Broadband access: It often comes down to adoption and cost


Today I attended the Blandin Broadband Strategy Board meeting. Mostly it’s a business meeting so I really don’t take notes but there was an issue that came up that I just had to share.

The Board members were talking about pilot projects around the state that have been created (or considered) to help rural residents, especially low-income households, get a starter kit of sorts to access broadband. A popular plan is to provide a computer (often rehabbed) and subsidize the broadband connectivity in the home for a long enough time that people might see the value and become customers at their own expense.

There are two basic challenges that come up when managing these programs that I think are a microcosm of the issue throughout the state – and probably on a national level.

The first issue is adoption. How do you provide training to the new computer/broadband users? I’ve heard the PCs for People folks claim that generally if you can get them the computer, they can use them. And I think that’s probably true for 80 percent of the users for 80 percent of the time. But the Blandin focuses on the 20 percent.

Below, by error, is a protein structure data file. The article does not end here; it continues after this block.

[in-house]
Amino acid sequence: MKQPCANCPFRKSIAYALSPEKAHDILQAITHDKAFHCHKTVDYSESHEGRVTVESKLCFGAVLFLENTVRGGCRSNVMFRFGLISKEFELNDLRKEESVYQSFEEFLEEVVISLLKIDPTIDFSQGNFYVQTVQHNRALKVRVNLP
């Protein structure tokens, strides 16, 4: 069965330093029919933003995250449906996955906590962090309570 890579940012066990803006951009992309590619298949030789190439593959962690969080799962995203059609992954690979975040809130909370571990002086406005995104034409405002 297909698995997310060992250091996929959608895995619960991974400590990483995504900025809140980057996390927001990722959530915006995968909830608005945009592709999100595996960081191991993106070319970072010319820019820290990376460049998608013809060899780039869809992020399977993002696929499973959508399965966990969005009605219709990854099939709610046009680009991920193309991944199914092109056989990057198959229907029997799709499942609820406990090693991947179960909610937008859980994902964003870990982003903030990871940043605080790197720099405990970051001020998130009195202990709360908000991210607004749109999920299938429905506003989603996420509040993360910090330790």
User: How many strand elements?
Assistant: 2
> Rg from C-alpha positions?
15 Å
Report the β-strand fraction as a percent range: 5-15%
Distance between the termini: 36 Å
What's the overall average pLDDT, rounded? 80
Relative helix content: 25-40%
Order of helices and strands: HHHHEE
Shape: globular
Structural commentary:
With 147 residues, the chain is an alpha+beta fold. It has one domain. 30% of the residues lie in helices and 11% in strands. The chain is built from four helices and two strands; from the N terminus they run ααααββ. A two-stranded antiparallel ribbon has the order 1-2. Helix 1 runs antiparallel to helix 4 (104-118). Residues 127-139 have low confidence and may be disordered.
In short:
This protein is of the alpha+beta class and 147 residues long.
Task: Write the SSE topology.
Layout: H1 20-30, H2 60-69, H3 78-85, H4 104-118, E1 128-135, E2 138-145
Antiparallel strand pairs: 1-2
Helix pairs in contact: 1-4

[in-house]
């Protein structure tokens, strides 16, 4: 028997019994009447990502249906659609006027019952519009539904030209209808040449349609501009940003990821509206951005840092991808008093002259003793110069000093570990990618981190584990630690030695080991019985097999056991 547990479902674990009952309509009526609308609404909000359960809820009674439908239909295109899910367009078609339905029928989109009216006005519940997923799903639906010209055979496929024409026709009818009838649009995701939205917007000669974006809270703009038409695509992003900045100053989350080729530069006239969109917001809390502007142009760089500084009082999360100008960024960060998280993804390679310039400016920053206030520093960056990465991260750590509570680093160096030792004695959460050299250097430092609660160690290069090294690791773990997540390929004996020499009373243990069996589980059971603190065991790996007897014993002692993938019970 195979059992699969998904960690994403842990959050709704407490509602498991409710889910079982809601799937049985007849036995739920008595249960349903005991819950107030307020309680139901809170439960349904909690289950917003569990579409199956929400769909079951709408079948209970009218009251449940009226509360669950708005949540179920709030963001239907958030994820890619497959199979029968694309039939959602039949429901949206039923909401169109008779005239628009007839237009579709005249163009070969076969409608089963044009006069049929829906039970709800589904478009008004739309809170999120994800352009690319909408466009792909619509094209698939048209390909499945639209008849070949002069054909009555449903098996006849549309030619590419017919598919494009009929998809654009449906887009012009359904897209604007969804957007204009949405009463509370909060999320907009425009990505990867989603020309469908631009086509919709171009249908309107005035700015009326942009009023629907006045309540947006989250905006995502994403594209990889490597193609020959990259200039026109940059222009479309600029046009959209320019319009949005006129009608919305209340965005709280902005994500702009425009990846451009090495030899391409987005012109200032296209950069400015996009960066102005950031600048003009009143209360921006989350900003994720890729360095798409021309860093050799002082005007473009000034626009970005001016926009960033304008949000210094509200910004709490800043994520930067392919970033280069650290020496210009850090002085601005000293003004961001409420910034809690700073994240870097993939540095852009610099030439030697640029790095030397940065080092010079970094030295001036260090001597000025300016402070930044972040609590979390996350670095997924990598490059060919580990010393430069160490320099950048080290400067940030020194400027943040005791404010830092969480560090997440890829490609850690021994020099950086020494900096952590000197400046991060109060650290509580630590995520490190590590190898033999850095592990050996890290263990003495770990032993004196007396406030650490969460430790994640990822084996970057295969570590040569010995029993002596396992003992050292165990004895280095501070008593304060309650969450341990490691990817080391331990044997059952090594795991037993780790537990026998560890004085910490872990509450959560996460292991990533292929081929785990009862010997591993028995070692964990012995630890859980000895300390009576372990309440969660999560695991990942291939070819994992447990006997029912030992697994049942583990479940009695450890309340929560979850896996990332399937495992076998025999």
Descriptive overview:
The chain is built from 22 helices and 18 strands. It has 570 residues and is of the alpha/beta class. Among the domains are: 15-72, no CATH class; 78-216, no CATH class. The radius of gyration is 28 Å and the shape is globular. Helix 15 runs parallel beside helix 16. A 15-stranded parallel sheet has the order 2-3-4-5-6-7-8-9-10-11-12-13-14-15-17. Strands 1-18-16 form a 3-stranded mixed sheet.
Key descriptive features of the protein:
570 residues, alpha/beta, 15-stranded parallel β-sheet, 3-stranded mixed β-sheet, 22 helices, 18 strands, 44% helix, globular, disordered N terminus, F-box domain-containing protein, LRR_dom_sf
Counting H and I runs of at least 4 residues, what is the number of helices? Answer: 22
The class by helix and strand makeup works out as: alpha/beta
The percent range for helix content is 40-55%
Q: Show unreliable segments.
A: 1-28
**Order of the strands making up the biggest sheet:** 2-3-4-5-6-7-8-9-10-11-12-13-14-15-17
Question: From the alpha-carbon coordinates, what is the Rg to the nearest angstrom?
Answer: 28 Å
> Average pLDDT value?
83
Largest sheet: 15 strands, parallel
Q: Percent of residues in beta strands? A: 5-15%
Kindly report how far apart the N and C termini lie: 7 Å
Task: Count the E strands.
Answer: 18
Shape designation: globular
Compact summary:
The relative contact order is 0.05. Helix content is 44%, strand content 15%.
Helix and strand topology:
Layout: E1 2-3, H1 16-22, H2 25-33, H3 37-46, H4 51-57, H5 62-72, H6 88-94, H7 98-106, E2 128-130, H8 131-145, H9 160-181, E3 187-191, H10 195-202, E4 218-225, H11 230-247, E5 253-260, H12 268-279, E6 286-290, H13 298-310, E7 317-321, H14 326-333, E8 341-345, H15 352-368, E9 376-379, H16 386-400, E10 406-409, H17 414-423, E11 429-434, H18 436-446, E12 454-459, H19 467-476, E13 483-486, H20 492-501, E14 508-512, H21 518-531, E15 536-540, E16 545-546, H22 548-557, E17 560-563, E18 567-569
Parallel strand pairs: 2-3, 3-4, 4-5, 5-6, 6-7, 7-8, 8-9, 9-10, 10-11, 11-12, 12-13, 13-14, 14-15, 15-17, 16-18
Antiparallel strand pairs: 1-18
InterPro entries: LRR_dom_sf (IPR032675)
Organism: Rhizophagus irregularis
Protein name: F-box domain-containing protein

Adoption I think involves two things – providing enough training to inspire someone to find a that the technology makes their life better. Maybe that means letting them fill out a job application, or talk to family far away, or help kids learn to spell, or accessing healthcare. Part of the issue in providing training is that everyone’s hot button is different.

Adoption also means providing enough tech support when the computer goes down to get it back up – especially with low-income households. (I just broke my laptop screen five days after taking it out of the box. OK for me I pay the big bucks for a warranty and used a tone on the phone that helped the vendors realize that coming to my house would be better for them.) Computers break the cost to repair can be high and is unpredictable – so by its nature it’s hard to budget for it.

The second issue is cost. Folks in some CenturyLink or Comcast areas are in good shape with $9.95 per month (and some computer deals). I know other providers also have deals for low-income households. (Other providers are welcome to chime in!) But some areas are unserved (which is a different issue) and some areas are just too darned expensive. We looked at a couple of areas that were 3.5 times more expensive that the going regular rate.

So again no big revelation – but a reminder of some of the root issues – adoption and cost.